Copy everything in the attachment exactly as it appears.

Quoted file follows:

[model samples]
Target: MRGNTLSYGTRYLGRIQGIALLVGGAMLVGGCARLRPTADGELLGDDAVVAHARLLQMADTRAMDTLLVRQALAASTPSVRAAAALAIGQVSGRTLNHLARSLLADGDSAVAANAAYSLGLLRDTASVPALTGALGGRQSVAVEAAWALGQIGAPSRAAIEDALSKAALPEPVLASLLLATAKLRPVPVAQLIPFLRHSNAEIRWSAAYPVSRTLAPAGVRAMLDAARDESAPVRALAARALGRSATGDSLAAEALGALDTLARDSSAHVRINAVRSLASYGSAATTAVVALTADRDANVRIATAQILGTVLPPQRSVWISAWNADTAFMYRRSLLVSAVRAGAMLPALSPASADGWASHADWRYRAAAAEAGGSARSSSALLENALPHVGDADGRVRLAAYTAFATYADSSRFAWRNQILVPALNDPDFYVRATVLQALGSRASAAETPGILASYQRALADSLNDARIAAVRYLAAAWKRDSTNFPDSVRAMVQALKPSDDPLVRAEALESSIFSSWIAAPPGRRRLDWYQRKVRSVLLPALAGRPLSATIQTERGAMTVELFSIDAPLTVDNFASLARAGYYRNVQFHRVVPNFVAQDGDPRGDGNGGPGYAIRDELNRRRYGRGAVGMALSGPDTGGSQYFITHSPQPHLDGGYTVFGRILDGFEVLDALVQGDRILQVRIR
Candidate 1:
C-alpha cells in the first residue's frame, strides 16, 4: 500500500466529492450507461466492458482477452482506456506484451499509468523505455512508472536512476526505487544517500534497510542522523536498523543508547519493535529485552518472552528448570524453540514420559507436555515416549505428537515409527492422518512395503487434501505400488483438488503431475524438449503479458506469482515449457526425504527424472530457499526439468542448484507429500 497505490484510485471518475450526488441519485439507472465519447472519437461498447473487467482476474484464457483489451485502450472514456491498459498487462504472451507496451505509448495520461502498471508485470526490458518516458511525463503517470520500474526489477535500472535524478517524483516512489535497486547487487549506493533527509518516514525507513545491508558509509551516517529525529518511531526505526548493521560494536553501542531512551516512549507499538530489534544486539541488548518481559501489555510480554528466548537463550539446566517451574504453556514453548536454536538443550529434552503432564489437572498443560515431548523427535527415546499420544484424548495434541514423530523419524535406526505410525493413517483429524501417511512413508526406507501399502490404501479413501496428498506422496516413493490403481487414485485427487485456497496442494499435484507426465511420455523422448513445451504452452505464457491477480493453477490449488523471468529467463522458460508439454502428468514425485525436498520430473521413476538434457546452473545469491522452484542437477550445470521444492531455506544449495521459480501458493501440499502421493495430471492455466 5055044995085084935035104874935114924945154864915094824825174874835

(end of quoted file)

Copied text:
[model samples]
Target: MRGNTLSYGTRYLGRIQGIALLVGGAMLVGGCARLRPTADGELLGDDAVVAHARLLQMADTRAMDTLLVRQALAASTPSVRAAAALAIGQVSGRTLNHLARSLLADGDSAVAANAAYSLGLLRDTASVPALTGALGGRQSVAVEAAWALGQIGAPSRAAIEDALSKAALPEPVLASLLLATAKLRPVPVAQLIPFLRHSNAEIRWSAAYPVSRTLAPAGVRAMLDAARDESAPVRALAARALGRSATGDSLAAEALGALDTLARDSSAHVRINAVRSLASYGSAATTAVVALTADRDANVRIATAQILGTVLPPQRSVWISAWNADTAFMYRRSLLVSAVRAGAMLPALSPASADGWASHADWRYRAAAAEAGGSARSSSALLENALPHVGDADGRVRLAAYTAFATYADSSRFAWRNQILVPALNDPDFYVRATVLQALGSRASAAETPGILASYQRALADSLNDARIAAVRYLAAAWKRDSTNFPDSVRAMVQALKPSDDPLVRAEALESSIFSSWIAAPPGRRRLDWYQRKVRSVLLPALAGRPLSATIQTERGAMTVELFSIDAPLTVDNFASLARAGYYRNVQFHRVVPNFVAQDGDPRGDGNGGPGYAIRDELNRRRYGRGAVGMALSGPDTGGSQYFITHSPQPHLDGGYTVFGRILDGFEVLDALVQGDRILQVRIR
Candidate 1:
C-alpha cells in the first residue's frame, strides 16, 4: 500500500466529492450507461466492458482477452482506456506484451499509468523505455512508472536512476526505487544517500534497510542522523536498523543508547519493535529485552518472552528448570524453540514420559507436555515416549505428537515409527492422518512395503487434501505400488483438488503431475524438449503479458506469482515449457526425504527424472530457499526439468542448484507429500 497505490484510485471518475450526488441519485439507472465519447472519437461498447473487467482476474484464457483489451485502450472514456491498459498487462504472451507496451505509448495520461502498471508485470526490458518516458511525463503517470520500474526489477535500472535524478517524483516512489535497486547487487549506493533527509518516514525507513545491508558509509551516517529525529518511531526505526548493521560494536553501542531512551516512549507499538530489534544486539541488548518481559501489555510480554528466548537463550539446566517451574504453556514453548536454536538443550529434552503432564489437572498443560515431548523427535527415546499420544484424548495434541514423530523419524535406526505410525493413517483429524501417511512413508526406507501399502490404501479413501496428498506422496516413493490403481487414485485427487485456497496442494499435484507426465511420455523422448513445451504452452505464457491477480493453477490449488523471468529467463522458460508439454502428468514425485525436498520430473521413476538434457546452473545469491522452484542437477550445470521444492531455506544449495521459480501458493501440499502421493495430471492455466 5055044995085084935035104874935114924945154864915094824825174874835